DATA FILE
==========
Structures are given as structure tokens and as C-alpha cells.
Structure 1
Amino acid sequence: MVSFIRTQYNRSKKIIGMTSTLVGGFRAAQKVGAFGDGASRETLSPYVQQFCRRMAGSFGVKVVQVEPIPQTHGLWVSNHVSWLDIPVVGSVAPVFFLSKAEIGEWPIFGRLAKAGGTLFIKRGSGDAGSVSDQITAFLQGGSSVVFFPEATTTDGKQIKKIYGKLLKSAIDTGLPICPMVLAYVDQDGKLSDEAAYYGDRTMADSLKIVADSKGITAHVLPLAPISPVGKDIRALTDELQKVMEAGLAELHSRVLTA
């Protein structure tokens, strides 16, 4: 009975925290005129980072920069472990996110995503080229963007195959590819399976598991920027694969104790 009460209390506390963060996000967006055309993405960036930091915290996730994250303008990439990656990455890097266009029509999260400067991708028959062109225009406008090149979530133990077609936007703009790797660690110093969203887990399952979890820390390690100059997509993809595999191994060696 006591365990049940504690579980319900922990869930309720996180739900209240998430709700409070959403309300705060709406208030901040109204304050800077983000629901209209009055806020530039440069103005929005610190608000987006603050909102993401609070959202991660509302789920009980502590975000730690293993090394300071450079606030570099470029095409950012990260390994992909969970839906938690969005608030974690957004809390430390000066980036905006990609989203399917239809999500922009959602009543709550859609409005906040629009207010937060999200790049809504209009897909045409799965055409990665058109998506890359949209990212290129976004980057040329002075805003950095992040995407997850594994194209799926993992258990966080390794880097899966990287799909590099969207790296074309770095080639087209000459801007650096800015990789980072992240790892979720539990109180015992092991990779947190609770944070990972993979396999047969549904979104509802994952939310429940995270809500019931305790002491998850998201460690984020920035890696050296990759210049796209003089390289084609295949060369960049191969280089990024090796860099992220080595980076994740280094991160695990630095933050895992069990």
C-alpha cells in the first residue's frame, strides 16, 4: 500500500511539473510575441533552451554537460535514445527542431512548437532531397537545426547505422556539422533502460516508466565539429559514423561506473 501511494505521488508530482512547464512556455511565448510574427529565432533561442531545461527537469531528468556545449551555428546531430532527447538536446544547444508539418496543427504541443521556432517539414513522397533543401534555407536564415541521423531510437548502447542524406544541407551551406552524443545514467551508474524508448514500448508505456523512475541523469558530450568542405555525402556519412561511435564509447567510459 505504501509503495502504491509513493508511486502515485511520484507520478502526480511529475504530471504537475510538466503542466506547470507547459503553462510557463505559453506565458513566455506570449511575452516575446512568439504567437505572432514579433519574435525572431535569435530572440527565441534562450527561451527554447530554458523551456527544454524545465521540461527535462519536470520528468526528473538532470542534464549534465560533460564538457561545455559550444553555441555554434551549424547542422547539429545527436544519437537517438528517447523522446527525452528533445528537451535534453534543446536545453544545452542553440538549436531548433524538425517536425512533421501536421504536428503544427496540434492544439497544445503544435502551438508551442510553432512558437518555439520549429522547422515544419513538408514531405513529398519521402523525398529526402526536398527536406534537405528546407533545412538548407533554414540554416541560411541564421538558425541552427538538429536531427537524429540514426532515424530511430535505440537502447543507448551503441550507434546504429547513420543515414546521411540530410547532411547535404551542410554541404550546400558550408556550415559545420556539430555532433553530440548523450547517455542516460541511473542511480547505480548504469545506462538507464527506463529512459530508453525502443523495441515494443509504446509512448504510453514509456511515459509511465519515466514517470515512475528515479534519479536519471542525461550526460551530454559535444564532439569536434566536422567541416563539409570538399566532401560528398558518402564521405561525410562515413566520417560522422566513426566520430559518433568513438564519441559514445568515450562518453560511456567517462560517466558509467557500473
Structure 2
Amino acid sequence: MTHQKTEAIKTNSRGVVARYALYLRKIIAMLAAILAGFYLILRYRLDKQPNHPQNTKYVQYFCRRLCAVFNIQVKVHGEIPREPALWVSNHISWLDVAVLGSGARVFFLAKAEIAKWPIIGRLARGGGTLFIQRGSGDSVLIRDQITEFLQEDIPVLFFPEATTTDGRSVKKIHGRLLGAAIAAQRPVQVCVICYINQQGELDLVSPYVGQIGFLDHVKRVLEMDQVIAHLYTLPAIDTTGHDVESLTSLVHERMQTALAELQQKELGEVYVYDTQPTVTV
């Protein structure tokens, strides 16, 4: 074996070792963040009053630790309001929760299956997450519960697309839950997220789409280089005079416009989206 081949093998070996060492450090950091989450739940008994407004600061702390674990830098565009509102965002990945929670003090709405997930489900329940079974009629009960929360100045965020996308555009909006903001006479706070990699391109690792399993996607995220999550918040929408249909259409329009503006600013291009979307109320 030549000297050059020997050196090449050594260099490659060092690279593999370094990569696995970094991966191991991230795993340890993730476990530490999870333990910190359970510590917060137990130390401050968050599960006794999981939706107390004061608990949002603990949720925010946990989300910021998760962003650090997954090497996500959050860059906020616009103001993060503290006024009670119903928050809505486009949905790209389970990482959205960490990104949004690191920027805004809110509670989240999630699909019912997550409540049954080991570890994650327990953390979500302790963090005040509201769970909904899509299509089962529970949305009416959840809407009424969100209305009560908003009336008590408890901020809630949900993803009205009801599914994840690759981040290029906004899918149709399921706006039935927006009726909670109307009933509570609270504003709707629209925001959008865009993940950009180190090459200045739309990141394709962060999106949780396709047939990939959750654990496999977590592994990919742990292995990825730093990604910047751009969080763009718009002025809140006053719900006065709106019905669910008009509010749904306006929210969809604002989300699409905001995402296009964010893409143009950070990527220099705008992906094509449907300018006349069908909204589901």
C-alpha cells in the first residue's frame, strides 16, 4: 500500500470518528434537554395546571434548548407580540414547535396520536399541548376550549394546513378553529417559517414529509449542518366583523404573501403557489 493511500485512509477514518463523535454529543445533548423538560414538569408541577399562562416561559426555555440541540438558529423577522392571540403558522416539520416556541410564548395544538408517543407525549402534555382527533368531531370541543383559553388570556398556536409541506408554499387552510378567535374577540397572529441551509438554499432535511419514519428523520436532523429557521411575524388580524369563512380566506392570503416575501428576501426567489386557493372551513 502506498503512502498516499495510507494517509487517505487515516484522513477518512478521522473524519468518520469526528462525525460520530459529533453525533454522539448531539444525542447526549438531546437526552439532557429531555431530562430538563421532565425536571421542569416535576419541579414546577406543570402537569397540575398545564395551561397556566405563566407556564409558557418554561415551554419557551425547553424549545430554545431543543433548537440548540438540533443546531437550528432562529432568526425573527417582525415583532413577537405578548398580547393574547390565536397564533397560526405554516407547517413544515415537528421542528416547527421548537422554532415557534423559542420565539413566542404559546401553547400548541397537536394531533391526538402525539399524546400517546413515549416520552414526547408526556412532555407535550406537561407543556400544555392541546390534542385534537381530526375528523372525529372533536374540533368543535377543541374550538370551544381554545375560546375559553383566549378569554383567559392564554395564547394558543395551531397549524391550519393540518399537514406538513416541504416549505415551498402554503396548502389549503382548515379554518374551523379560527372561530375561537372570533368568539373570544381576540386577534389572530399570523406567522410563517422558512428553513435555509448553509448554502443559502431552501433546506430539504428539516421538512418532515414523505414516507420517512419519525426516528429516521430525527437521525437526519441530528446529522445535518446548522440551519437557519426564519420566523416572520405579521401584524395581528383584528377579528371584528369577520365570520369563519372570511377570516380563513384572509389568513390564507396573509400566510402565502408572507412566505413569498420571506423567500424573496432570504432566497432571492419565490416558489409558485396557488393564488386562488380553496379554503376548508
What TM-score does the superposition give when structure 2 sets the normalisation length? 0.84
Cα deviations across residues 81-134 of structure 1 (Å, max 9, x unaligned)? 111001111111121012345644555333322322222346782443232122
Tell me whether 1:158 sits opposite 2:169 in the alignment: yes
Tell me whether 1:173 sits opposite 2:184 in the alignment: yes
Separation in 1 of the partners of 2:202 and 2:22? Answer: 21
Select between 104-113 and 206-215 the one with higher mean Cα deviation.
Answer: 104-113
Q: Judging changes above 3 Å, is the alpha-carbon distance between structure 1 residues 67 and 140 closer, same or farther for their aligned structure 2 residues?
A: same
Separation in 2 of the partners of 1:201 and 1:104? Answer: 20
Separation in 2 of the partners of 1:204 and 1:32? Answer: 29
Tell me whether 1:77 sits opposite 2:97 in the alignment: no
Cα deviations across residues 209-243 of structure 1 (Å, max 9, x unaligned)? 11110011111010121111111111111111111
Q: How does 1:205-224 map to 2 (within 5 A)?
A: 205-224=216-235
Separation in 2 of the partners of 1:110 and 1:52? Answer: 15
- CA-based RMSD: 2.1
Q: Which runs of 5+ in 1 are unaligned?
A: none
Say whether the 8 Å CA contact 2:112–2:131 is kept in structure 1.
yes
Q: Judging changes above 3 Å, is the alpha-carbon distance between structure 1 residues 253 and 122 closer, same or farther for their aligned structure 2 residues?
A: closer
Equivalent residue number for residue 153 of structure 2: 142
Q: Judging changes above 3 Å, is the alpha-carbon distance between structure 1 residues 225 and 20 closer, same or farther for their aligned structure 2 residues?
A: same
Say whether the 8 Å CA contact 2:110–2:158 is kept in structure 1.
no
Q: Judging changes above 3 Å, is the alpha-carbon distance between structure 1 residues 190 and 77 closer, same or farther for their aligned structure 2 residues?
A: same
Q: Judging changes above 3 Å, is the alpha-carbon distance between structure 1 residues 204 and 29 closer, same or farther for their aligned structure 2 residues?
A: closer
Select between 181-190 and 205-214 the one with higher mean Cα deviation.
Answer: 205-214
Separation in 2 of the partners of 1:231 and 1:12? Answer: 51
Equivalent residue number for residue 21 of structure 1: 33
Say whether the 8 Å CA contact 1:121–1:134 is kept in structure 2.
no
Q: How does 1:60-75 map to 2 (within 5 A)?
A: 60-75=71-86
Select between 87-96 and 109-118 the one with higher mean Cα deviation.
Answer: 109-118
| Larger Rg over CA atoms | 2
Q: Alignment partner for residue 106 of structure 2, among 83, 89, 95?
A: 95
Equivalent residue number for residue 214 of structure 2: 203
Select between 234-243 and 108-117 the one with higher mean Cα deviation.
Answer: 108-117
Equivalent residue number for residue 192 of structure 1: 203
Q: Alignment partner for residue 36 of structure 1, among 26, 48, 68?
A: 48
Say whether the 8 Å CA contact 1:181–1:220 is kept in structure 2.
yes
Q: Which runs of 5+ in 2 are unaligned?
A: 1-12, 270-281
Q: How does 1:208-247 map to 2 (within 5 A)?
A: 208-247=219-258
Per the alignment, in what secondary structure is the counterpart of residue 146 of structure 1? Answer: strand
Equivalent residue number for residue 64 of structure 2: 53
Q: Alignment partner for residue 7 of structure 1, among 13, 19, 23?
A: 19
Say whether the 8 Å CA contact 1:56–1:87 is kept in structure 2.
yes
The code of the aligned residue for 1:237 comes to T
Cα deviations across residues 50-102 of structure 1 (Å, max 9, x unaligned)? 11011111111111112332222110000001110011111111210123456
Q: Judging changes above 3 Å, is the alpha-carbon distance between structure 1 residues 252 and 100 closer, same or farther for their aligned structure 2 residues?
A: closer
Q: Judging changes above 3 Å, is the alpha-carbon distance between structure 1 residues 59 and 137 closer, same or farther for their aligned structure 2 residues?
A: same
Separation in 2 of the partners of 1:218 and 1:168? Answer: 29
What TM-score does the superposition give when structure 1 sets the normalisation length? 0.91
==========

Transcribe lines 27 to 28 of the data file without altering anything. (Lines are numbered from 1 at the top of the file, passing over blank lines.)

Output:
Q: Which runs of 5+ in 1 are unaligned?
A: none